• Areas: Along the piedmont zone of the Western Ghat, a long stretch of area is occupied by red loamy soil. Yellow and red soils are also found in parts of Orissa and Chattisgarh and in the southern parts of the middle Ganga plain. They encircle the black cotton soil zone.
  • Soil Colour: The soil develops a reddish colour due to a wide diffusion of iron in crystalline and metamorphic rocks. It looks yellow when it occurs in a hydrated form. Often, their upper layer is red and the lower layer is yellow.
  • Soil Texture: Varies from sand to clay and loam.
  • Other Characteristic Features:
    • The fine-grained red and yellow soils are normally fertile, whereas coarse-grained soils found in dry upland areas are poor in fertility.
    • Have a porous and friable structure.
    • They are generally poor in nitrogen, phosphorous and humus.
    • These soils are airy and need irrigation for cultivation.
    • Intense leaching is a menace in these soil areas.
  • Suitable Crops: In places where irrigation facilities are available, the crops cultivated are wheat, cotton, pulses, tobacco, millets, oilseeds, potato, maize, groundnut and orchards.

4. Laterite Soil

  • The word laterite has been derived from the Latin word ‘Later’ which means brick. These soils when wet are as soft as butter but become hard and cloddy on drying. Therefore, these are widely cut as bricks for use in house construction.
  • Formation: The lateritic soils are particularly found on high flat erosion surfaces in areas of high(>200cm) and seasonal rainfall. The alternating wet and dry seasons lead to the leaching away of the siliceous matter of the rocks leaving behind the compounds of iron and aluminium. These are zonal soils.
  • Areas: These soils have mainly developed in the higher areas of the Peninsular plateau. The laterite soils are commonly found in Karnataka, Kerala, Tamil Nadu, Madhya Pradesh and the hilly areas of Orissa and Assam.
  • Soil Colour: Reddish-brown in colour due to the presence of iron oxide.
  • Other characteristic features:
    • With rain, lime and silica are leached away, and soils rich in iron oxide and aluminium compound are left behind(thus the reddish-brown colour). Also, the humus content of the soil is removed fast by bacteria that thrive well in high temperature.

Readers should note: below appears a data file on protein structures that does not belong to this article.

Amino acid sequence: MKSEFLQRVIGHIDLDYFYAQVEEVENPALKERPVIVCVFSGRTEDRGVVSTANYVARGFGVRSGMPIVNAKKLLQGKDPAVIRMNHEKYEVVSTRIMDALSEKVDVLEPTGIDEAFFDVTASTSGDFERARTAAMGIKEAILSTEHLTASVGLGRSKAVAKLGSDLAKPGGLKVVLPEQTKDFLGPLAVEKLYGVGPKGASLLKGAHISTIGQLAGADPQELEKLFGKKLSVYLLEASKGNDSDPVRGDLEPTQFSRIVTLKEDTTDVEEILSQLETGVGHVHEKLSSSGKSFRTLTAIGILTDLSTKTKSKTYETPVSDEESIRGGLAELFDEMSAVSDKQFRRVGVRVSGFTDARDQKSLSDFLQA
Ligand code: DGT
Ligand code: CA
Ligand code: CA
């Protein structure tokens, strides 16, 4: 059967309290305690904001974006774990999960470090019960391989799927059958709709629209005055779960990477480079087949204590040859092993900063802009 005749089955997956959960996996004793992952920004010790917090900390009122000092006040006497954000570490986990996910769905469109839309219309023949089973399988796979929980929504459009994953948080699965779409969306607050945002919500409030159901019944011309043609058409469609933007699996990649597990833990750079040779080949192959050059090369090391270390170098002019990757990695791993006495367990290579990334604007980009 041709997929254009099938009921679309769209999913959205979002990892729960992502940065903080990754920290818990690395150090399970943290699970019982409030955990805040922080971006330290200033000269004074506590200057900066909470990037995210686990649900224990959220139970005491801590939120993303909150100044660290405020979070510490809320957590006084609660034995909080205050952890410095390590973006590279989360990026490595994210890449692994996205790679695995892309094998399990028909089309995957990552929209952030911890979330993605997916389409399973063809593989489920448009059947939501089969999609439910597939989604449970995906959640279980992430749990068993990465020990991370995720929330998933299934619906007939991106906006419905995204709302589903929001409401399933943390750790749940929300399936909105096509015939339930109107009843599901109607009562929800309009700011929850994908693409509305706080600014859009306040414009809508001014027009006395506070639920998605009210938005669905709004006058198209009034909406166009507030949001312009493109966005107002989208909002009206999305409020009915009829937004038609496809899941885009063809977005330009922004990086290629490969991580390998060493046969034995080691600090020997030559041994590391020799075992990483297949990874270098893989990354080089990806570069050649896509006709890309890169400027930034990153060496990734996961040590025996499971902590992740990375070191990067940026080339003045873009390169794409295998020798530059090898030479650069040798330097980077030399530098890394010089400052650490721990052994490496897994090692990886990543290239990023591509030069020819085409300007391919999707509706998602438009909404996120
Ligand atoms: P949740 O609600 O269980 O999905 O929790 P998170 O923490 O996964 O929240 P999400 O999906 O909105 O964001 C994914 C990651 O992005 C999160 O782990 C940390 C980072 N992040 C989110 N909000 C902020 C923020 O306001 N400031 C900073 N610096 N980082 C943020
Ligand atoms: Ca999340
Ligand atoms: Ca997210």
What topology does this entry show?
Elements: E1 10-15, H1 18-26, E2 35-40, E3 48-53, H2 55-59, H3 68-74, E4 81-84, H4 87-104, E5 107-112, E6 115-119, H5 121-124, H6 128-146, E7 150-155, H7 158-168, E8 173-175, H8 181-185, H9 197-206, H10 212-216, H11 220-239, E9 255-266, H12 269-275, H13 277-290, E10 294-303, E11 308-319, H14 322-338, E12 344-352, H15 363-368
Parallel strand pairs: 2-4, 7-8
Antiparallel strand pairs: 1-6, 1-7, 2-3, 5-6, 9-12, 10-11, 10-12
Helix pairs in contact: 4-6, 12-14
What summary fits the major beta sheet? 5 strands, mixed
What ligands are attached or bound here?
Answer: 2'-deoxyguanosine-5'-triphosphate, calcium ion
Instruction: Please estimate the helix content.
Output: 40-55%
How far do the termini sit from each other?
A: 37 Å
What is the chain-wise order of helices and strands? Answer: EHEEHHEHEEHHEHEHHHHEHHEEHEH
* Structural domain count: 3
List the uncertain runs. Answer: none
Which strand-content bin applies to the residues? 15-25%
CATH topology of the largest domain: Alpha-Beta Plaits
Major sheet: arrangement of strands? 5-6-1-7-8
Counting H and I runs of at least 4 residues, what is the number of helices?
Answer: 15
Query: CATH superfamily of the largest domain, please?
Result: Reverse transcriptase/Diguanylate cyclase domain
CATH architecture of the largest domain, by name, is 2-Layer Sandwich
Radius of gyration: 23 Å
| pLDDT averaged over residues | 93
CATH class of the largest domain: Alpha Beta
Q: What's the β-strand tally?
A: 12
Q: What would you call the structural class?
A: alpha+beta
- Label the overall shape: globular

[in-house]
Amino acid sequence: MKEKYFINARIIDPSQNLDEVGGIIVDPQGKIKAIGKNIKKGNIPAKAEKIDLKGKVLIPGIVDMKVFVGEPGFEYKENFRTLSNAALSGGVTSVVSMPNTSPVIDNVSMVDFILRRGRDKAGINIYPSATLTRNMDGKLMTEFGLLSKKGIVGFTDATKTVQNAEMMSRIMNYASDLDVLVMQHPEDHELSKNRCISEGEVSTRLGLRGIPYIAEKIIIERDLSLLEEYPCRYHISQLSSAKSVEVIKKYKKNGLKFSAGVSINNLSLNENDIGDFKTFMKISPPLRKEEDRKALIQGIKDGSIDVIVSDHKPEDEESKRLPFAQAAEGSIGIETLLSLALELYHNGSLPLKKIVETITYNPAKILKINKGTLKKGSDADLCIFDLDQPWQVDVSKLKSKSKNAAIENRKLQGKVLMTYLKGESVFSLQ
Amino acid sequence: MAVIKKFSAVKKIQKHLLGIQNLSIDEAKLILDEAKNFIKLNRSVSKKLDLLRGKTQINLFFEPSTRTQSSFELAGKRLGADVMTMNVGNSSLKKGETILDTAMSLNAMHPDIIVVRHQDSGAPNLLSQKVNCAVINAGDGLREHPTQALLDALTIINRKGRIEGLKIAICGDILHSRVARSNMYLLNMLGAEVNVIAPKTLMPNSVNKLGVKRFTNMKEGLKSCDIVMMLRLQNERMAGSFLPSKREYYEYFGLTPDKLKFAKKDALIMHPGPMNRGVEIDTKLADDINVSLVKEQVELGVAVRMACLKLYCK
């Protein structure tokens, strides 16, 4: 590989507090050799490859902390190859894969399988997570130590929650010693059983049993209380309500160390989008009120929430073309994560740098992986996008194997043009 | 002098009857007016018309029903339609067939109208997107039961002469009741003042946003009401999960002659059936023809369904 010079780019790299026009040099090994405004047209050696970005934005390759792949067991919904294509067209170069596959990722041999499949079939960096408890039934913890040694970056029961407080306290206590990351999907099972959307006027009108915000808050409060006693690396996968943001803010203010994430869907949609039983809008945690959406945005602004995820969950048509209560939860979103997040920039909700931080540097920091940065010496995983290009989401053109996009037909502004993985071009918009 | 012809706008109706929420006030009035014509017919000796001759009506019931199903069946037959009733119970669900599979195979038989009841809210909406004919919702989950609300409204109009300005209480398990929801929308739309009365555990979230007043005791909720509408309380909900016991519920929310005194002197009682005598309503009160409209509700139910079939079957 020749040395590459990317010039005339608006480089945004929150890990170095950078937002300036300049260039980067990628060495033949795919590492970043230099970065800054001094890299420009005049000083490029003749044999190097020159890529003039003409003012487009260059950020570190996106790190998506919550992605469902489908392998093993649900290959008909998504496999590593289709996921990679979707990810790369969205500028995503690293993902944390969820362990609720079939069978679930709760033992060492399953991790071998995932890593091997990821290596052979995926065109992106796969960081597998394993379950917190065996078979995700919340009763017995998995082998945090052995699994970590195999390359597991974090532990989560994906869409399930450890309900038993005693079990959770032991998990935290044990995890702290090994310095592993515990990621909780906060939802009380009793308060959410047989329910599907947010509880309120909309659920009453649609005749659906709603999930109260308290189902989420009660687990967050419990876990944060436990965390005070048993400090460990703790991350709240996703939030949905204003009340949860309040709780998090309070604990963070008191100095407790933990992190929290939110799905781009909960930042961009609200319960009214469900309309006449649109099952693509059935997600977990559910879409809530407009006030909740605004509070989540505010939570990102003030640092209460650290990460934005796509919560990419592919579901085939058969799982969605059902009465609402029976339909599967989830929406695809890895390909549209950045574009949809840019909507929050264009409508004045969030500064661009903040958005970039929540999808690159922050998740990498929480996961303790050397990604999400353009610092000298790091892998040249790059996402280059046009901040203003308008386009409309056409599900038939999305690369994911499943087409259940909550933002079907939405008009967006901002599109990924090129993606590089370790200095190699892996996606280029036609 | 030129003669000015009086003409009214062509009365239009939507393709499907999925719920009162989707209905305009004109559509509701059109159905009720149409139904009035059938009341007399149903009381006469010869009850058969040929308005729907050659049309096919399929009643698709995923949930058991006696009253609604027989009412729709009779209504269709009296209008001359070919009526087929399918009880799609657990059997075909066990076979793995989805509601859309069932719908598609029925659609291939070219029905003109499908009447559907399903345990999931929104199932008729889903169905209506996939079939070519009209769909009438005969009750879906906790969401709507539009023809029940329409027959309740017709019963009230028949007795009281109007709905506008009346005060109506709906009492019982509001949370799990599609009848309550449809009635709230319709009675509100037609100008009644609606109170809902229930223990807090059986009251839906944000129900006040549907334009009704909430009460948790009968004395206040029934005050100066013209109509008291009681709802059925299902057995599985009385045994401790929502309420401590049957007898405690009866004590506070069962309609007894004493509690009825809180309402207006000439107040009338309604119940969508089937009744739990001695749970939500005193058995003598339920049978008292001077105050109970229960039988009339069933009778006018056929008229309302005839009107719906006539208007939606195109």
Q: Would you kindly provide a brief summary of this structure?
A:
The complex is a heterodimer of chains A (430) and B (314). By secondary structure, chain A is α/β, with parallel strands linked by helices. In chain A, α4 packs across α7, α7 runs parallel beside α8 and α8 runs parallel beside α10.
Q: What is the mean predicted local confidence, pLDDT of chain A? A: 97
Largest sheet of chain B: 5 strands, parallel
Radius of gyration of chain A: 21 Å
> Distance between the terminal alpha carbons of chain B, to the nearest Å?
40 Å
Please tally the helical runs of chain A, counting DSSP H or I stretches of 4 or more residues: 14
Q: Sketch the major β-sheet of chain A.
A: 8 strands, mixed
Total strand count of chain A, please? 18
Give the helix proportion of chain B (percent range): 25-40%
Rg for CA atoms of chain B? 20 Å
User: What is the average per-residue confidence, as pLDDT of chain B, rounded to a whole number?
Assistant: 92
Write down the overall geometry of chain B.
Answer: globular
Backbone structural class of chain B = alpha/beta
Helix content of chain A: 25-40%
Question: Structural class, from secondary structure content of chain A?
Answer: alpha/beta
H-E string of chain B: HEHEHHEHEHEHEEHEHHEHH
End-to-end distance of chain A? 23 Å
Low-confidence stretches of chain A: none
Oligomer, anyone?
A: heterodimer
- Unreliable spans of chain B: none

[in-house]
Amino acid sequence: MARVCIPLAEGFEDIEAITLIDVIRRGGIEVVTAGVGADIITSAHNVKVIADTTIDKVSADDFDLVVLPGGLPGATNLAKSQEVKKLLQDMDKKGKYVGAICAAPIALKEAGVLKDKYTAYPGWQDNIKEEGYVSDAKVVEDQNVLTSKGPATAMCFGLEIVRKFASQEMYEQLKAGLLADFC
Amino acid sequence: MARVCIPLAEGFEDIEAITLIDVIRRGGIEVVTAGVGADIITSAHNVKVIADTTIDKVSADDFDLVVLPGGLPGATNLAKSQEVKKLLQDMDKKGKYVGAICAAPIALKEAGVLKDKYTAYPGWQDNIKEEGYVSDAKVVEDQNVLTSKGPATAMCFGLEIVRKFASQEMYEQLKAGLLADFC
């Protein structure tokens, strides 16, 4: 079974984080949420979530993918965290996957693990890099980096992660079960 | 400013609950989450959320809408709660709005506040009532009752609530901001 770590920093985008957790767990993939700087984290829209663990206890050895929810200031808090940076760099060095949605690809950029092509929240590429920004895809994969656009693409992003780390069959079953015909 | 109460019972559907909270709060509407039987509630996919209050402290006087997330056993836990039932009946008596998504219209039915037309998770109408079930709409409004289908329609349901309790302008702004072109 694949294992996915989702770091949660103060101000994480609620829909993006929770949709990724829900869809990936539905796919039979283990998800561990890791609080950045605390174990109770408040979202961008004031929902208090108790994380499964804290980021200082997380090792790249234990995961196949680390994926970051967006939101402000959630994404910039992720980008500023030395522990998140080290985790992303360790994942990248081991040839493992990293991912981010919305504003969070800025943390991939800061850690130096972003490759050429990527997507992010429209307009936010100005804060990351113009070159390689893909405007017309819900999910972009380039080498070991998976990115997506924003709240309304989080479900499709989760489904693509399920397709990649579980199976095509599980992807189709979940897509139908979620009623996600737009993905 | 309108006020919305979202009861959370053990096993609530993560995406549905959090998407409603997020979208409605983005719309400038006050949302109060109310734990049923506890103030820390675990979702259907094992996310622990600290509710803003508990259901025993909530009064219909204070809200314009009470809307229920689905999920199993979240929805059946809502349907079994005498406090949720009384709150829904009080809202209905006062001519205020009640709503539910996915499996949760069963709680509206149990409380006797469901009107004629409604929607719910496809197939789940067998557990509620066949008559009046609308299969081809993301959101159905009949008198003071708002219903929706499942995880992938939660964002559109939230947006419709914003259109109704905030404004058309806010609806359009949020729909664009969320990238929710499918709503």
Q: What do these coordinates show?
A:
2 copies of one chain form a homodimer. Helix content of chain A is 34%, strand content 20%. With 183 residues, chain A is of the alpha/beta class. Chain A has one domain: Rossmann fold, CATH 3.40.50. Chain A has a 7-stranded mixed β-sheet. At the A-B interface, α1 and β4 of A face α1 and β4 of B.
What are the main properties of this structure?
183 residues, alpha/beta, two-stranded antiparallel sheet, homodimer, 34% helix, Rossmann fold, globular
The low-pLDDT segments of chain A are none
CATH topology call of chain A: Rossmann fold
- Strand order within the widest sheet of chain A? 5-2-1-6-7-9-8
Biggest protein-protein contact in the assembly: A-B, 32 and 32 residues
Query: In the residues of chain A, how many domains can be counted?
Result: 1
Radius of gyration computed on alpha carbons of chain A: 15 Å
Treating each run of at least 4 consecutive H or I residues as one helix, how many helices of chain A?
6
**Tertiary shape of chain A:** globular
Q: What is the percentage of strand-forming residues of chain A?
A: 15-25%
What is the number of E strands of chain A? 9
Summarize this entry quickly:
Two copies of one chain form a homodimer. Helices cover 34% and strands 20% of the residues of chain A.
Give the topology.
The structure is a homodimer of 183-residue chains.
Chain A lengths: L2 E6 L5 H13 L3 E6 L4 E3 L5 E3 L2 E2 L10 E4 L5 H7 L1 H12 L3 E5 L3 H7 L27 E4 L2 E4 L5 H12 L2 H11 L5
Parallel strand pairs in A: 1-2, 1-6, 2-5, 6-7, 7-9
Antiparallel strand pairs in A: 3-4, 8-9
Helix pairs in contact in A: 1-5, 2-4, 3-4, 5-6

• These soils represent the end product of decomposition and are generally low in fertility.
    • The pebbly crust is the important feature of laterites which is formed due to alteration of wet and dry periods.
    • These soils are acidic in character due to leaching. Application of manures and fertilisers is required for making these soils fertile for cultivation.
    • These soils are poor in organic matter, nitrogen, phosphate and calcium, while iron oxide and potash are in excess.
  • Suitable crops: Red laterite soils in Tamil Nadu, Andhra Pradesh and Kerala are more suitable for tree crops like cashew nut. These soils are also suitable for tea plantations.

We discussed in detail alluvial, black, red and laterite soils. Let’s continue the discussion and move on to the next soil types!


5. Arid Soils

  • Formation: These are derived from the disintegration of adjacent rocks and are largely blown from coastal regions and Indus valley.
  • Areas: Arid soils are characteristically developed in western Rajasthan, which exhibits characteristic arid topography.
  • Soil Colour: Arid soils range from red to brown in colour.
  • Soil Texture: They are generally sandy to gravelly in texture and have a high percentage of soluble salts.
  • Other characteristic features:
    • These are saline in nature. In some areas, the salt content is so high that common salt is obtained by evaporating the saline water.
    • Due to the dry climate, high temperature and accelerated evaporation, they lack moisture and humus.
    • These soils are deficient in nitrogen and humus. The phosphate and iron content is normal. These soils are rich in minerals but the main limitation is the lack of water.
    • The soils exhibit poorly developed horizons.
    • Plants are widely spaced.
    • Chemical weathering is limited.
    • Lower horizons of the soil are occupied by ‘kankar’ layers because of the increasing calcium content downwards. The ‘Kankar’ layer formation in the bottom horizons restricts the infiltration of water, and as such when irrigation is made available, the soil moisture is readily available for sustainable plant growth.
  • Suitable crops: If irrigated these soils give high agricultural returns. The availability of water from the Indira Gandhi canal has transformed the agricultural landscape of desert soils of western Rajasthan. These soils are mainly devoted to bajra, pulses, guar, fodder and less water requiring crops.

6. Saline and Alkaline Soils

  • They are also known as Usara soils. Various local names for saline soils are Reh, Kallar, and Chopan, Rakar, Thur, Karl etc.
  • Formation:
    • These soils have developed in areas with dry climatic conditions (in areas having a little more rainfall than the areas of desert soils) accompanied by lack of proper drainage. In this situation, salts of sodium, calcium and magnesium are deposited on the upper layer of the soil by capillary action.